Chinese Sociologist Calls for Porn Law Reform

Chinese Sociologist Calls for Porn Law Reform
Michael Hayes
BEIJING — A prominent Chinese sociologist has called China’s anti-pornography law outdated in response to a court ruling sentencing adult webmaster Chen Hui to life in prison for operating PornographicSummer.com.

Hui ran four adult paysites, starting with PornographicSummer.com in 2004, which reportedly garnered more than 600,000 paying members at up to $33 per signup. PornographicSummer.com, also known as Qingseliuyuetian, was considered one of the largest Chinese adult websites in existence. VIP members are believed to have paid $500 for full access to the site.

The law in question, which forbids the sale, production and distribution of pornography, drew the ire of sociologist Li Yinhe, who said China is the only modern country with such a law on its books.

Yinhe called the recent decision by the Taiyuan Intermediate People’s Court to sentence Hui to life in prison “unfair.”

In addition to a life sentence, Hui will have to pay a $12,500 fine for violating the law.

Writing in her blog, Yinhe made a three-point case against the controversial law, arguing that it is contrary to China’s constitution, which entitles all Chinese citizens to freedom of speech and freedom of the press. Yinhe added that the law is discriminatory because it reflects an upper class value system, without taking into account the rest of Chinese society.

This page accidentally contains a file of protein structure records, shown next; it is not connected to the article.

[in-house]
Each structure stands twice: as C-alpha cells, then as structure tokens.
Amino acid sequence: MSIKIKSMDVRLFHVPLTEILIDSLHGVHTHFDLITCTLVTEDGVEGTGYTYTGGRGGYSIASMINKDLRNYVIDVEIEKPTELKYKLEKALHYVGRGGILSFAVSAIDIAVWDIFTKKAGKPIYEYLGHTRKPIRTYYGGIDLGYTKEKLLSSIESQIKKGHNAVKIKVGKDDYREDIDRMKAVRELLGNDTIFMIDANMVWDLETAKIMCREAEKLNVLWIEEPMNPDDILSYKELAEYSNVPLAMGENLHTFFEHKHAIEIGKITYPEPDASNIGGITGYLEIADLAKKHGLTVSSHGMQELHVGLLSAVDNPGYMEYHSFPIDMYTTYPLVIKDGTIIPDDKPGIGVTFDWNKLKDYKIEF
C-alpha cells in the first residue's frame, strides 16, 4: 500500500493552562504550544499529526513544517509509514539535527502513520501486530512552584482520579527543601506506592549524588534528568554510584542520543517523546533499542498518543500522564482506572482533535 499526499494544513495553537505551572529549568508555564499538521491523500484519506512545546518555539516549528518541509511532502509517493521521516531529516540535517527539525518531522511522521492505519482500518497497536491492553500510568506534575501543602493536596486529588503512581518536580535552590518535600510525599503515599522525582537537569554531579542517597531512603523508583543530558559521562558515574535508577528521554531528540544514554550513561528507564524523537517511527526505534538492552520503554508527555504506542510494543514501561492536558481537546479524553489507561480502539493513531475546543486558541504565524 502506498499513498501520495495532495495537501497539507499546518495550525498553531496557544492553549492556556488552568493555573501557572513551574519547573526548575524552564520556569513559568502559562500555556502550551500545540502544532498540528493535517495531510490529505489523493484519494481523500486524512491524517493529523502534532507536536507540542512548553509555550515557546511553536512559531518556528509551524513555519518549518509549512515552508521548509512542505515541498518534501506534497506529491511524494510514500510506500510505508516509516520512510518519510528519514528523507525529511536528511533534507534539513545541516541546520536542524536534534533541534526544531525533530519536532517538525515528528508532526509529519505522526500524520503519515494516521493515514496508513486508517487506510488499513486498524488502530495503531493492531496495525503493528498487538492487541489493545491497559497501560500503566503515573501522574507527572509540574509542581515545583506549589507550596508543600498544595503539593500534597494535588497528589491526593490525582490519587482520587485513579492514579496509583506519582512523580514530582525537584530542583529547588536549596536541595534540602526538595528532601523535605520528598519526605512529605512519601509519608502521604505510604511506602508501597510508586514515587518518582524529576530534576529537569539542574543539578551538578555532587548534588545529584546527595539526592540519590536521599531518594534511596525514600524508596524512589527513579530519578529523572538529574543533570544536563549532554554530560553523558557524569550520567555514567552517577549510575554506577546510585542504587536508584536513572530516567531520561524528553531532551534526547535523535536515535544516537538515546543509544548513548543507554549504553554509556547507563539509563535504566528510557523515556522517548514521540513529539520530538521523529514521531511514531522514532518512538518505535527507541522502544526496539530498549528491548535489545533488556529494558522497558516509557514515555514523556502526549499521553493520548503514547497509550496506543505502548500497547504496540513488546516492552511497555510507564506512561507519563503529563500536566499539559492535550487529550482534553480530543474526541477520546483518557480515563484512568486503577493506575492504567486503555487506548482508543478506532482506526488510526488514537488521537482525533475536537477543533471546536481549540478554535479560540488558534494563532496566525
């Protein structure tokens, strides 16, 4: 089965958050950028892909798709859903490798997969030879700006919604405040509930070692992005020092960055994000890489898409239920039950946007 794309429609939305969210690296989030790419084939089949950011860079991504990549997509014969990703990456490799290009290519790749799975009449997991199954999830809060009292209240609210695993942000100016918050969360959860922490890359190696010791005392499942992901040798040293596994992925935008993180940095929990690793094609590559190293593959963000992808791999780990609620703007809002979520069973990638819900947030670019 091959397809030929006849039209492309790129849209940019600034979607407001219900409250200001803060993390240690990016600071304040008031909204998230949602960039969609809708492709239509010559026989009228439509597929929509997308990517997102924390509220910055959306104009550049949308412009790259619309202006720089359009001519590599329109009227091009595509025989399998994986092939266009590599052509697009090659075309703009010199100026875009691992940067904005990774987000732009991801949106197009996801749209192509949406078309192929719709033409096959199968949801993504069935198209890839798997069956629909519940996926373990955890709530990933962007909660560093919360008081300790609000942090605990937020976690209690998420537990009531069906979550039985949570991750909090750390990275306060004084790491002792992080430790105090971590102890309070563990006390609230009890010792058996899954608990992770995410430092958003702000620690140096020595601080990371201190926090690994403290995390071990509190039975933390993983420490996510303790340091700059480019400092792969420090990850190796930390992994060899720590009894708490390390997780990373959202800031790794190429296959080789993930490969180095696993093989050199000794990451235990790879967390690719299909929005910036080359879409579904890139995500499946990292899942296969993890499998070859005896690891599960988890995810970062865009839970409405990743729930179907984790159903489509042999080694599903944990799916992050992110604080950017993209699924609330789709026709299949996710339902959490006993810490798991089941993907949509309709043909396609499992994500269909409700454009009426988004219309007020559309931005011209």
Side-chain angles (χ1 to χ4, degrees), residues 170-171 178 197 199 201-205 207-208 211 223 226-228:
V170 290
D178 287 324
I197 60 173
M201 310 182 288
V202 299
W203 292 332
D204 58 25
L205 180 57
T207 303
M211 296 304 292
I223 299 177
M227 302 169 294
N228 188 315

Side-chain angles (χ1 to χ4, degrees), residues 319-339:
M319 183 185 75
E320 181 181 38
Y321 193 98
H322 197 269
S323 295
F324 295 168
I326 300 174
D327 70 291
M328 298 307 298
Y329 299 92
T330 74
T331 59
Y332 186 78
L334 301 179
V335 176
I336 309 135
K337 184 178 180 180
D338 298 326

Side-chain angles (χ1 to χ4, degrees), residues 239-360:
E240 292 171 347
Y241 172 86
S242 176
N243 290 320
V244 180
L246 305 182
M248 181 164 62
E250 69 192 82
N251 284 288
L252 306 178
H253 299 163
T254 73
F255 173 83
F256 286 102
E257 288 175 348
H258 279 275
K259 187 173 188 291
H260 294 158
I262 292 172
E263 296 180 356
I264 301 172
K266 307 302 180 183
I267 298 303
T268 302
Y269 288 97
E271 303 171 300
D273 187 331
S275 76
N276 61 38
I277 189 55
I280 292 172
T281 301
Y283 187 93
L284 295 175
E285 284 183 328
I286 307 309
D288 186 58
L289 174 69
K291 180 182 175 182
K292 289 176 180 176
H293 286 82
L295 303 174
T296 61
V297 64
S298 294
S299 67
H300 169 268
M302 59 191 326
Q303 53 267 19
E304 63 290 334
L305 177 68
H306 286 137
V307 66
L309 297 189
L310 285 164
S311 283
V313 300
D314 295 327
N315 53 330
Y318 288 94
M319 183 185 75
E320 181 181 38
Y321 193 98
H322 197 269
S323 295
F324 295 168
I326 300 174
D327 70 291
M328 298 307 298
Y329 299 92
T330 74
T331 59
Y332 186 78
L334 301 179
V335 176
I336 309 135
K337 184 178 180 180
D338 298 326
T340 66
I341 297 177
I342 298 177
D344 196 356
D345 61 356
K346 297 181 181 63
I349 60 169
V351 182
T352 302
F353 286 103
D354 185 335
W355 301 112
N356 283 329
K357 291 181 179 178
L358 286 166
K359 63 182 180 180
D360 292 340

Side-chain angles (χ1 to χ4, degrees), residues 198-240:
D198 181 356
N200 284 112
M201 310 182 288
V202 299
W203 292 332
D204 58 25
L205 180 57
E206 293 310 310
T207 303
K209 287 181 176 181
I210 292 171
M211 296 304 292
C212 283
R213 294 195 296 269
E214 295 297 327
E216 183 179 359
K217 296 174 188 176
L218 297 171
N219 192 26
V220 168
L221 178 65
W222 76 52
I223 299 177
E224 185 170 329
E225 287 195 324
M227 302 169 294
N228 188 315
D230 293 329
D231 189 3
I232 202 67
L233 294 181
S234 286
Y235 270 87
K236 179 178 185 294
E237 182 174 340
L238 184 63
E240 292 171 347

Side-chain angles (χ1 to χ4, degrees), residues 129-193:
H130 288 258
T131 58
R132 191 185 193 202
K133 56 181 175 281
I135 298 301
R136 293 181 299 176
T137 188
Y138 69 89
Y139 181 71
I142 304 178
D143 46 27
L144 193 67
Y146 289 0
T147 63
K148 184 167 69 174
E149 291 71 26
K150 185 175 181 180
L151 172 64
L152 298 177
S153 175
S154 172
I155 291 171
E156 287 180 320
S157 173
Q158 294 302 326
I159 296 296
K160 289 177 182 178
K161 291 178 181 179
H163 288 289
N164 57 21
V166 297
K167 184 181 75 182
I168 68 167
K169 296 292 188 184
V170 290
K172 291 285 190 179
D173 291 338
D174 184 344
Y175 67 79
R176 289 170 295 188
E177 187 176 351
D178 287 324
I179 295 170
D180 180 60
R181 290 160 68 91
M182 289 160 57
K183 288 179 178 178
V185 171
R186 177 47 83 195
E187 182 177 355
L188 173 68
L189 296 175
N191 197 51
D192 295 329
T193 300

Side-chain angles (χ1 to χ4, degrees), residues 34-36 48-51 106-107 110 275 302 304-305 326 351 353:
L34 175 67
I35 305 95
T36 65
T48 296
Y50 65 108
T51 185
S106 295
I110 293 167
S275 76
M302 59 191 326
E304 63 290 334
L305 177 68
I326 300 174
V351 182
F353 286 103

Yinhe also said the law should be repealed because enforcement is so ineffective that only 1 out of 100 people who break the law face sentences like the one meted out to Hui.

Between September and November, China’s Ministry of Public Security said it shut down 598 porn websites and wiped out 35 porn domain names.

Fudan University law professor Ji said he disagreed with Yinhe’s comments, adding that the U.S. and several European countries have tough anti-pornography laws. The difference, he said, is that the pornography business in China is largely an underground operation.

Ji accused Yinhe of playing the class card in her criticism of the law, saying that the sociologist was pandering and twisting social values.

Ji also said ineffective enforcement was not a good reason to overturn the law.

In the meantime, Hui has until Dec. 2 to file an appeal in his case. Sources close to the webmaster say they expect him to challenge the life sentence.